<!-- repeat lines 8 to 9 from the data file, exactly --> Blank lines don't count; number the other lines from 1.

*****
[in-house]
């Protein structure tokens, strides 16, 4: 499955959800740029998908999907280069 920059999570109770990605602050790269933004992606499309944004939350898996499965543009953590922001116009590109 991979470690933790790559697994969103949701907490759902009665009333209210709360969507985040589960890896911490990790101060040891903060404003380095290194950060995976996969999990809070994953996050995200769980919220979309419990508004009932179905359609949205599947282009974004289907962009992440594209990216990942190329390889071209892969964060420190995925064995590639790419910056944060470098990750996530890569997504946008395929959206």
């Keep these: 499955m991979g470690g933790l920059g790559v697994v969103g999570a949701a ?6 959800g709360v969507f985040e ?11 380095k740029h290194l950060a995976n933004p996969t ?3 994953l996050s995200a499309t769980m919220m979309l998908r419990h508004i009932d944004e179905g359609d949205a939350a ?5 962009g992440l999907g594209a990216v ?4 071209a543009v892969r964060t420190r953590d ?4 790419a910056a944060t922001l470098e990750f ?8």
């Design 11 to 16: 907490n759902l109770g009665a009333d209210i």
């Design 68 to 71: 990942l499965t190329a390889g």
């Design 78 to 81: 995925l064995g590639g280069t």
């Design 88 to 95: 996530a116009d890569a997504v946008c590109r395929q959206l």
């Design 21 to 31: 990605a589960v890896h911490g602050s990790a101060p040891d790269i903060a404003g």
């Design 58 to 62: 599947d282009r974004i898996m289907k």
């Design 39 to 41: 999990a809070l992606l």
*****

């Design 21 to 31: 990605a589960v890896h911490g602050s990790a101060p040891d790269i903060a404003g």
């Design 58 to 62: 599947d282009r974004i898996m289907k």